poetryrepairs #235 v17.03:027

RALPH MONDAY : 'Bergman's Island' & Other Poems
Deer Lodge
In Praise of Spoken Differences
My Tribe

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Deer Lodge

They had known one another since crimson youth; now the time was that of leaf-glued autumn forest floors where they walked on the deck there above Deer Lodge. Friends since the time when her hair was pumpkin pie braids, she had always been his female cartographer and placed on her mental map that even young he had the black lakes of an old man’s eyes. He reached out to touch her hand now, oil poured in trembling sacrament, while the leaves tumbled in a cold wind; she knew the violet bruises deep in the mind, knew to trowel on love in quiet moments where gratitude redeems the undone. She took his hand and held it while memories patched together like a pieced quilt their long ago imponderable, unspoken insults, thoughts like streaking snow sleds, steeples brightened by a young girl’s laughter. She remembered when they walked on the smoking, burning water, her skirts like architraves, and he cried to her about glasses of spilled love-juices, about the many bad poems written about clichéd death. She spoke: people say to know beauty is inevitable loss, inescapable grief, that this capacity separates us from animals. I am not sure for I have seen grief flow like water from animal tongues. To know death may be to know love—if so what kind of love? Our shadow follows us all our lives disappears when we do does the shadow know heaven does an Egyptian funerary boat row it to the sun? Does it matter? Claw marks precede us when we slide wet from our mother’s thighs, texted-tombstone our marker, all that is left vapid images, lying reels in film cans. Is this the love we bring into the world? something black about it something onyx like a Slava Old-New Year waiting for the final diaspora.

poetryrepairs #235 v17.03:027





In Praise of Spoken Differences

Books always do this to her unfathomable books on bottomless themes that she sits reading in a red dress in the fall leaves, mind clothed in scarlet thoughts. Have you ever thought of this, she asks me to pull Moby Dick from the waters a great white light swallowing transgressions, crucified upon the sea, upon frothing waves— crests tipped pink by his sacrificed blood? How different it would have been if her faith had survived. How different would it have been on the island if Ralph and Piggy had never found the conch shell? Almost a thing of abstract art her father died when she was seven, splattering his brains all over the garage walls in wet grays and reds with a 12 gauge while she and her brother slept upstairs. How different it would have been if he hadn’t lost his job, wasn’t depressed, if his girlfriend had stayed. How different would it have been if Hamlet never toyed with Ophelia, if Gertrude spurned Claudius? At forty her husband left her for a younger woman, without remorse, without explanation, gone like a shadow that ceased following its matter. How different would it have been if Abelard kept his balls, Heloise never donned the habit? How different would it have been if Iseult had not told Tristan the sails were black? How different would it have been if Romeo and Juliet changed the ending of west side story? Not such a small thing these pantomimed silhouettes dancing like Macbeth’s witches Not such a small thing. Transgressions follow like mosquito’s multifaceted eyes, locked in the vast deep the way that only a special human can hear humpback whales compose great cetacean epics in celebration. There in the deep quiet black where disintegrated fish bones fall, float eerily down like artificial snow in a glass winter globe. Ocean snow covering the mud like watery hoarfrost—these are the Saharas of the abyss. She swims She swims Deep Deep What would it be like if I had never been born? What would it be? How different would it have been to never be? How different would it have been?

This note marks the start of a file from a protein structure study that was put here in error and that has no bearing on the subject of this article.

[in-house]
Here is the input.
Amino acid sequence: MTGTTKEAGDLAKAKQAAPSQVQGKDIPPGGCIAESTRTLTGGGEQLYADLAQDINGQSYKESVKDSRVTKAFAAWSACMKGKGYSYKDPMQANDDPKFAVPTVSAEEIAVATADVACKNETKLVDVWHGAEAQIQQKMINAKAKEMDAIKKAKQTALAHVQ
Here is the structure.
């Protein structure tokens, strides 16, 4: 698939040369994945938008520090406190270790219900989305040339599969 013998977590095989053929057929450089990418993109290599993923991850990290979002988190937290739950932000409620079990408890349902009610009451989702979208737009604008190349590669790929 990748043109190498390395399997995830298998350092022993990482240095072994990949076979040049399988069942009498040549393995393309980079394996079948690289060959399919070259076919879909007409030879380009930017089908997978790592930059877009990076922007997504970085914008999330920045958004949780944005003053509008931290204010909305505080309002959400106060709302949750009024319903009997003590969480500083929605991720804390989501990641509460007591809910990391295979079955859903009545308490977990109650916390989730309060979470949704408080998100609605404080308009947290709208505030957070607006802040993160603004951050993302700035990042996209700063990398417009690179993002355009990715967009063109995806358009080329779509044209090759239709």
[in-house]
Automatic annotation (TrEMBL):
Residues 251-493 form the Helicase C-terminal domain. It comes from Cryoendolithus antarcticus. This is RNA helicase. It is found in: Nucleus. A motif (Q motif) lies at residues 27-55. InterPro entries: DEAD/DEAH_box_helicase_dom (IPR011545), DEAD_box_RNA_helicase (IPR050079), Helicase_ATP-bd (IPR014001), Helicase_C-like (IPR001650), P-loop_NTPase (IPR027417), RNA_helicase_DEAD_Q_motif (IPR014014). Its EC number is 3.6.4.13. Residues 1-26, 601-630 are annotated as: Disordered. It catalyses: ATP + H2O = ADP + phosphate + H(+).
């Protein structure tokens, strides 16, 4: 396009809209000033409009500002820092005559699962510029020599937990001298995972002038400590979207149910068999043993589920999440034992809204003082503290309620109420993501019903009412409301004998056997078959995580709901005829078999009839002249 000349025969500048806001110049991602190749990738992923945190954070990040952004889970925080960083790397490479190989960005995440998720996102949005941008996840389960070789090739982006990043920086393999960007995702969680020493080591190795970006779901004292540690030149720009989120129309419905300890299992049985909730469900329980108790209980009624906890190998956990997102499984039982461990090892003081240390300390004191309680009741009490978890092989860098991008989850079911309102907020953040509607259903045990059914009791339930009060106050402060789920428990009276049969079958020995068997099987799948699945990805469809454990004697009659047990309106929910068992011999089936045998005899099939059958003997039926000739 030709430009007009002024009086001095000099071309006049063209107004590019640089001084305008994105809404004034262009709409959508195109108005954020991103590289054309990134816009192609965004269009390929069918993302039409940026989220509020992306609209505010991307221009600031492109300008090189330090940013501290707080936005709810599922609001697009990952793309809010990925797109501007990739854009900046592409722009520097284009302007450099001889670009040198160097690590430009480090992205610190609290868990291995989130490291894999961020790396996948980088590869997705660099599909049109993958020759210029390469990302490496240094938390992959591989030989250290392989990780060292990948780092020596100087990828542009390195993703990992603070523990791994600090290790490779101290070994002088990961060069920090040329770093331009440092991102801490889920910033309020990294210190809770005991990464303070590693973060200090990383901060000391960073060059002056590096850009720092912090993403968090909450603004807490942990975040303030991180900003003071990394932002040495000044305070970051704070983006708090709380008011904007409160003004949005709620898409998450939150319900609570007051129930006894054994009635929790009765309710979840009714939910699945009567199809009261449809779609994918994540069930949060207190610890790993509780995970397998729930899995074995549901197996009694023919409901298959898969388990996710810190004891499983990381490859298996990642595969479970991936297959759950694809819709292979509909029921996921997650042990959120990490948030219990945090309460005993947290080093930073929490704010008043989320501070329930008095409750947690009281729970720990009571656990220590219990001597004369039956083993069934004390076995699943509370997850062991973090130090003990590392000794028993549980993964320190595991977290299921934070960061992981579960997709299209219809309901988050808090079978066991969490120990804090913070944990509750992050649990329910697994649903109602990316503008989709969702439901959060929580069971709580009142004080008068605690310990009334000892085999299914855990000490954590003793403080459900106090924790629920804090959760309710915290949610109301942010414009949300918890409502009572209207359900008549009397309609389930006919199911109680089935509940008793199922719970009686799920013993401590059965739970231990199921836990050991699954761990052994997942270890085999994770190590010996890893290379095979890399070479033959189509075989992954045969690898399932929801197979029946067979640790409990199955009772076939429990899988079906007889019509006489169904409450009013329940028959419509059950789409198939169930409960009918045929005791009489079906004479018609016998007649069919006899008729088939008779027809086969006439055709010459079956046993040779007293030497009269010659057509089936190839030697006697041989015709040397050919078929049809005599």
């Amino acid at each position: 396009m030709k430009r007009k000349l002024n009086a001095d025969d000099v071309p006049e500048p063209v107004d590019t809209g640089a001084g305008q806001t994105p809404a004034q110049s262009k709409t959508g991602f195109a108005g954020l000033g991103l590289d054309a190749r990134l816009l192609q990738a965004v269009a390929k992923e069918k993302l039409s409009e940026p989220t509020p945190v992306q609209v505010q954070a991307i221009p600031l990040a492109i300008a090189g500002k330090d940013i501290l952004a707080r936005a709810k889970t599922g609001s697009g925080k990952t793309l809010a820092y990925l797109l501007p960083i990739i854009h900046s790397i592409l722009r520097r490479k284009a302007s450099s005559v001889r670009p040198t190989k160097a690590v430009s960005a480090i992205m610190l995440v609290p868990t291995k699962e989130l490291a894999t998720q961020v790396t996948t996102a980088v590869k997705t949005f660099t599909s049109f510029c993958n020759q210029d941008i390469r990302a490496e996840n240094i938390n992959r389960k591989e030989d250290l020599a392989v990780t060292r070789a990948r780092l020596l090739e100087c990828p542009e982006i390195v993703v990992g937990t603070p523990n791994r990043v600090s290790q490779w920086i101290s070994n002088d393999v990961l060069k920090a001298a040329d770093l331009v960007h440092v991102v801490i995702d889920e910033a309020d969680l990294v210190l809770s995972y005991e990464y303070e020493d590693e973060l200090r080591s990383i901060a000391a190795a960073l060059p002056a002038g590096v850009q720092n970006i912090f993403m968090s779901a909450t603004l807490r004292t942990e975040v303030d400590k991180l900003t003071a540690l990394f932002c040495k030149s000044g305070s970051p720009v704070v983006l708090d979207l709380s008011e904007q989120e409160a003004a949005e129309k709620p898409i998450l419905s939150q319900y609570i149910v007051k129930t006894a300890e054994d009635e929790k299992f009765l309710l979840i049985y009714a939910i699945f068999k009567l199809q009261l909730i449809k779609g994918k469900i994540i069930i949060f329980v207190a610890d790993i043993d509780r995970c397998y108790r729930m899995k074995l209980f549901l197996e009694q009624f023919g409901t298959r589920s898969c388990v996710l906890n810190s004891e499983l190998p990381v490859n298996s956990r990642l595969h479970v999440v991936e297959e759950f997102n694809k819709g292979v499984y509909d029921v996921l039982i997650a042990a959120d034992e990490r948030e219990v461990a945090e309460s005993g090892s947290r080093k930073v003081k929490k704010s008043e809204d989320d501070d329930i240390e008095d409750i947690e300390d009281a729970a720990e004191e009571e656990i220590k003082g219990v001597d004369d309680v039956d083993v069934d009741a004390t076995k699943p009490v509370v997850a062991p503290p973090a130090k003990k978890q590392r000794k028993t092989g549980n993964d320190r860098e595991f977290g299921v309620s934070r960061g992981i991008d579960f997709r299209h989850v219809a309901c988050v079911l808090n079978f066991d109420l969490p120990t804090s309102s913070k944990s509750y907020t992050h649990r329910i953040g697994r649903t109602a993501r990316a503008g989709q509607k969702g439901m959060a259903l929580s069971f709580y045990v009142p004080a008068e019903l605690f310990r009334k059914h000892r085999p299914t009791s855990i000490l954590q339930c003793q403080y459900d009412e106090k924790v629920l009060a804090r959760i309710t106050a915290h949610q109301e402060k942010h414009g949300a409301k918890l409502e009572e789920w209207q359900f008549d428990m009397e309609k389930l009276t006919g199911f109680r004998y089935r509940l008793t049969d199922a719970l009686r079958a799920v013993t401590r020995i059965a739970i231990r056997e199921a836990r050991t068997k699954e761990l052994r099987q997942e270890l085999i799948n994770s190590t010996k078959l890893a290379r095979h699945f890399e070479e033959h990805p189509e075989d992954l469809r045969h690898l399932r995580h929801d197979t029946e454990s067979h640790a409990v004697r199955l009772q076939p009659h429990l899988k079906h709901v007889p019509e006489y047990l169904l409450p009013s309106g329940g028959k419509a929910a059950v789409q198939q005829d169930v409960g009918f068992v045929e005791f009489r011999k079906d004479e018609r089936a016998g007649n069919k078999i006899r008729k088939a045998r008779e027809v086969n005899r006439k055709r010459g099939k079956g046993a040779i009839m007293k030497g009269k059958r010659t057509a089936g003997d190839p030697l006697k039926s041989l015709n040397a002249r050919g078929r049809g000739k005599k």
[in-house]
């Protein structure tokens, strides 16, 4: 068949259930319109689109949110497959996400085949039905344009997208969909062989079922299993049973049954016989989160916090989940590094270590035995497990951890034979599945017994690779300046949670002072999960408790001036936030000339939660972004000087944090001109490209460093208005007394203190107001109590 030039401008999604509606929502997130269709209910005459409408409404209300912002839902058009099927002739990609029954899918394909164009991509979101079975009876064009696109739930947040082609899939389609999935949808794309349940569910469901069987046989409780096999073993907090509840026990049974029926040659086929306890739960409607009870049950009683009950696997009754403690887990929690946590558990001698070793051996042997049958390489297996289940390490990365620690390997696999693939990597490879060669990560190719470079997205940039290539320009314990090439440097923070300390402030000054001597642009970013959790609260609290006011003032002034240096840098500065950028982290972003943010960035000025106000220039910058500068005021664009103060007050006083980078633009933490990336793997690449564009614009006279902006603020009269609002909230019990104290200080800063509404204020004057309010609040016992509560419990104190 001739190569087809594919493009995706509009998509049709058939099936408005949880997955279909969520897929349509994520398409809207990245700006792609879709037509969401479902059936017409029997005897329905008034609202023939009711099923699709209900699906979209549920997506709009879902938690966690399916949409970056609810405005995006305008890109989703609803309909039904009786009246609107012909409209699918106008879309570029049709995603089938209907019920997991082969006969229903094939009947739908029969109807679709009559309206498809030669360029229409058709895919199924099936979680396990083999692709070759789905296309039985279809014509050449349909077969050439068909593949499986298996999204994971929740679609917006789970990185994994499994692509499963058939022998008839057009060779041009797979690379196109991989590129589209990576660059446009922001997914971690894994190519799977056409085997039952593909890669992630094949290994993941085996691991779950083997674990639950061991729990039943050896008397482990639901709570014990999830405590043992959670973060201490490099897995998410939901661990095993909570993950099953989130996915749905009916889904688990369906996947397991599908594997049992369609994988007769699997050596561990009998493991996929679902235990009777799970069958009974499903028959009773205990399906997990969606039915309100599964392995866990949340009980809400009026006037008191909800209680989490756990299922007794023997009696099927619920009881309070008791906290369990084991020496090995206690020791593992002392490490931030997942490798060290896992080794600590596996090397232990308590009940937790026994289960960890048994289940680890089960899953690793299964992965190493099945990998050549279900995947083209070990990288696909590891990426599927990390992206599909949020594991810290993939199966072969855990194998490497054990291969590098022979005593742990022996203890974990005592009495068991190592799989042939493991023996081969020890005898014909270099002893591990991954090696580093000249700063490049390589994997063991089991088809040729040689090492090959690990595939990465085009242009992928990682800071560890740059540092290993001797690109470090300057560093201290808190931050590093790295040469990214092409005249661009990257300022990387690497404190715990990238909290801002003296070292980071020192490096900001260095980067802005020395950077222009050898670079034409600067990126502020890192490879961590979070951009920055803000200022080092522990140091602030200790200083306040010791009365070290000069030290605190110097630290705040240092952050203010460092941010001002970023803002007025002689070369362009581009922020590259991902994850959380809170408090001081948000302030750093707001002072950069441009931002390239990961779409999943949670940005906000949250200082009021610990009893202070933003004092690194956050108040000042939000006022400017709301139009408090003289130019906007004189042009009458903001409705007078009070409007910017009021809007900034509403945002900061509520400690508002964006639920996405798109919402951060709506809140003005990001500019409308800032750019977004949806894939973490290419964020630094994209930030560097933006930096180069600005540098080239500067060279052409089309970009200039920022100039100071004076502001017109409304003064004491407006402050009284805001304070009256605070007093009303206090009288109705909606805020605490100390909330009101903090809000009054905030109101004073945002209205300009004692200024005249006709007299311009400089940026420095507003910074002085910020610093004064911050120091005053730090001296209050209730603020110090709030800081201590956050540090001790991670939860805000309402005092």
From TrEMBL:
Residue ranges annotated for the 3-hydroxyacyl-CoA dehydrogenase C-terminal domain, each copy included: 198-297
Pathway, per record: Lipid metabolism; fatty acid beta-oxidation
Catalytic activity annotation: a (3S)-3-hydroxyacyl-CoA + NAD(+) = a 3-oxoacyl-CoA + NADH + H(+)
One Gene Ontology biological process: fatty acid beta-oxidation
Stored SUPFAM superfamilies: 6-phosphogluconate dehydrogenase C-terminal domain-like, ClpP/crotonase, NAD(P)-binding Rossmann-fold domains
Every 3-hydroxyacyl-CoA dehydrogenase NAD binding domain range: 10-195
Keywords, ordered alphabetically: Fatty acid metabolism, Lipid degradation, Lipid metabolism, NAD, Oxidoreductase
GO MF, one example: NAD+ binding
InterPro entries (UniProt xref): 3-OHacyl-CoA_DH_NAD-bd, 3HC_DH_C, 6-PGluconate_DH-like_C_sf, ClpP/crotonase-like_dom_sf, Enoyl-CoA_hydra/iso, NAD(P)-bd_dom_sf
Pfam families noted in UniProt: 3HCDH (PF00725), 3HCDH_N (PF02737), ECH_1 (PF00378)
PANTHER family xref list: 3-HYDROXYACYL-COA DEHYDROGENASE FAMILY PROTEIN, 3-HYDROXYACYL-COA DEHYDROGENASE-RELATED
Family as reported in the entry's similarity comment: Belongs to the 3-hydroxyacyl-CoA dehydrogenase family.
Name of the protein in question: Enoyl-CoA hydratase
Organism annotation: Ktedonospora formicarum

poetryrepairs #235 v17.03:027





My Tribe

I live in the past—a sense of urgency possesses me like some eager ghost ardent to come alive and taste again the language of the living. Must be the wine of age that uncorks these bygones, congenital disposition marking totemic tales through a glass screen. I am convinced that the 1940s, 50s was a tribal time, at least that is my illusion lighting my skin and making it glow. But doesn’t every generation look back at a better world, the search for the lost home ingrained within the soul? Troubadours, all, at some still point, the grass, the garden, the breathing earth singing, singing out in symphonic arias. Irony that I relive these times as digital days, the postmodern computer an electronic time machine transcending ticking moments, vanished space. YouTube resurrects a wealth of American myth—1950s high school proms where tie and jacket youth, already men, smile and escort young women wearing classy evening dresses. Cheerleaders and ball games and school bells ringing end of classes, real blackboards, chalk— American dream before the nightmares began. Even the black and white trees lining small town streets bow in the homage laden wind, water hydrants patiently wait to spray out, cool, hot summer days. The smooth greasers and the cool beatniks are no more than jesters, school jackets emblems of pride. But all just digital now, ones and zeroes marking my silent brow. Gone gone as mythical as Adam and Eve, but a genesis sustaining nonetheless.




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RALPH MONDAY : 'Bergman's Island' & Other Poems
Deer Lodge
In Praise of Spoken Differences
My Tribe


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